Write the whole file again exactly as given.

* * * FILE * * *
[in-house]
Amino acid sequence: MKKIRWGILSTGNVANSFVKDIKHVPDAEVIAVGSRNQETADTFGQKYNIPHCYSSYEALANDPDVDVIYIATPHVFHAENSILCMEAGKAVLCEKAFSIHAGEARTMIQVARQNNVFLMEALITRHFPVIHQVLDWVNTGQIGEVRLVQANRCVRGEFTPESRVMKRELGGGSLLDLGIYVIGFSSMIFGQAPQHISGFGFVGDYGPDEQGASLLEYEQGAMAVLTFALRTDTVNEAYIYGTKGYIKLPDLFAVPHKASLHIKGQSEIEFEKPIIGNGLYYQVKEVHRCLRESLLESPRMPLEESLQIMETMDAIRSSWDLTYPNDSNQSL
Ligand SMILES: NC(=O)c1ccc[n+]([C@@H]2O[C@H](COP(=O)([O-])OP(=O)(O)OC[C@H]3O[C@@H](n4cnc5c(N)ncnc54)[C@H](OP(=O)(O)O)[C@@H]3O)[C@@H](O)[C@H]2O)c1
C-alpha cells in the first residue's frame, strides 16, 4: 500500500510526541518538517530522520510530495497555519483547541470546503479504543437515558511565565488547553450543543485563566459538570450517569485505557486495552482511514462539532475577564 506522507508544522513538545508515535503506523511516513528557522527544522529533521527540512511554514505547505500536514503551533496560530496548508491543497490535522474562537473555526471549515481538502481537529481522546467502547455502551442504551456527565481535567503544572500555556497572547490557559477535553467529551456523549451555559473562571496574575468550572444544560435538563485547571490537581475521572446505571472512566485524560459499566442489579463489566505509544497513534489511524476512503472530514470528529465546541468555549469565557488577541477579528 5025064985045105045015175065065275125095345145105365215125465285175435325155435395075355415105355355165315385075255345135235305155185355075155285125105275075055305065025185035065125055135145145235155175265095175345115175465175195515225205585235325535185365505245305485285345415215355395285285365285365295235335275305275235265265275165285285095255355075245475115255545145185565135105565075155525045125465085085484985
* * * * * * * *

[in-house]
Amino acid sequence: MKKIRWGILSTGNVANSFVKDIKHVPDAEVIAVGSRNQETADTFGQKYNIPHCYSSYEALANDPDVDVIYIATPHVFHAENSILCMEAGKAVLCEKAFSIHAGEARTMIQVARQNNVFLMEALITRHFPVIHQVLDWVNTGQIGEVRLVQANRCVRGEFTPESRVMKRELGGGSLLDLGIYVIGFSSMIFGQAPQHISGFGFVGDYGPDEQGASLLEYEQGAMAVLTFALRTDTVNEAYIYGTKGYIKLPDLFAVPHKASLHIKGQSEIEFEKPIIGNGLYYQVKEVHRCLRESLLESPRMPLEESLQIMETMDAIRSSWDLTYPNDSNQSL
Ligand SMILES: NC(=O)c1ccc[n+]([C@@H]2O[C@H](COP(=O)([O-])OP(=O)(O)OC[C@H]3O[C@@H](n4cnc5c(N)ncnc54)[C@H](OP(=O)(O)O)[C@@H]3O)[C@@H](O)[C@H]2O)c1
C-alpha cells in the first residue's frame, strides 16, 4: 500500500510526541518538517530522520510530495497555519483547541470546503479504543437515558511565565488547553450543543485563566459538570450517569485505557486495552482511514462539532475577564 506522507508544522513538545508515535503506523511516513528557522527544522529533521527540512511554514505547505500536514503551533496560530496548508491543497490535522474562537473555526471549515481538502481537529481522546467502547455502551442504551456527565481535567503544572500555556497572547490557559477535553467529551456523549451555559473562571496574575468550572444544560435538563485547571490537581475521572446505571472512566485524560459499566442489579463489566505509544497513534489511524476512503472530514470528529465546541468555549469565557488577541477579528 5025064985045105045015175065065275125095345145105365215125465285175435325155435395075355415105355355165315385075255345135235305155185355075155285125105275075055305065025185035065125055135145145235155175265095175345115175465175195515225205585235325535185365505245305485285345415215355395285285365285365295235335275305275235265265275165285285095255355075245475115255545145185565135105565075155525045125465085085484985